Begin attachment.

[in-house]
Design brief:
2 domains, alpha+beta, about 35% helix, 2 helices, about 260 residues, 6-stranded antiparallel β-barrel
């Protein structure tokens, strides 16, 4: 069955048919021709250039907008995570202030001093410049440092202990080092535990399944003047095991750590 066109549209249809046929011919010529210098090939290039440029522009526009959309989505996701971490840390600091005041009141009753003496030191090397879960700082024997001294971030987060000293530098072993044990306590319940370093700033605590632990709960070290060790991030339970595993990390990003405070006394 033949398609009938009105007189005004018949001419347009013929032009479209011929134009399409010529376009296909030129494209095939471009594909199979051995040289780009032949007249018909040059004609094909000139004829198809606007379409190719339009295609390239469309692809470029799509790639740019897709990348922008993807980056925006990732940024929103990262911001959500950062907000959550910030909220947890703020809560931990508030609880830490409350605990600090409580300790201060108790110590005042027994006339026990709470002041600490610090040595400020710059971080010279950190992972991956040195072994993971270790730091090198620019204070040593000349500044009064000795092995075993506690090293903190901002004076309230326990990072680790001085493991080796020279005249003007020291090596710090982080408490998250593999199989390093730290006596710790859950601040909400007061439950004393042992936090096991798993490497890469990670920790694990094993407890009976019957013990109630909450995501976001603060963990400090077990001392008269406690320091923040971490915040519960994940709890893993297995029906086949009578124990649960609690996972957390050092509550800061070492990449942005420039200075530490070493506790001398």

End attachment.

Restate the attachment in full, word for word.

[in-house]
Design brief:
2 domains, alpha+beta, about 35% helix, 2 helices, about 260 residues, 6-stranded antiparallel β-barrel
């Protein structure tokens, strides 16, 4: 069955048919021709250039907008995570202030001093410049440092202990080092535990399944003047095991750590 066109549209249809046929011919010529210098090939290039440029522009526009959309989505996701971490840390600091005041009141009753003496030191090397879960700082024997001294971030987060000293530098072993044990306590319940370093700033605590632990709960070290060790991030339970595993990390990003405070006394 033949398609009938009105007189005004018949001419347009013929032009479209011929134009399409010529376009296909030129494209095939471009594909199979051995040289780009032949007249018909040059004609094909000139004829198809606007379409190719339009295609390239469309692809470029799509790639740019897709990348922008993807980056925006990732940024929103990262911001959500950062907000959550910030909220947890703020809560931990508030609880830490409350605990600090409580300790201060108790110590005042027994006339026990709470002041600490610090040595400020710059971080010279950190992972991956040195072994993971270790730091090198620019204070040593000349500044009064000795092995075993506690090293903190901002004076309230326990990072680790001085493991080796020279005249003007020291090596710090982080408490998250593999199989390093730290006596710790859950601040909400007061439950004393042992936090096991798993490497890469990670920790694990094993407890009976019957013990109630909450995501976001603060963990400090077990001392008269406690320091923040971490915040519960994940709890893993297995029906086949009578124990649960609690996972957390050092509550800061070492990449942005420039200075530490070493506790001398």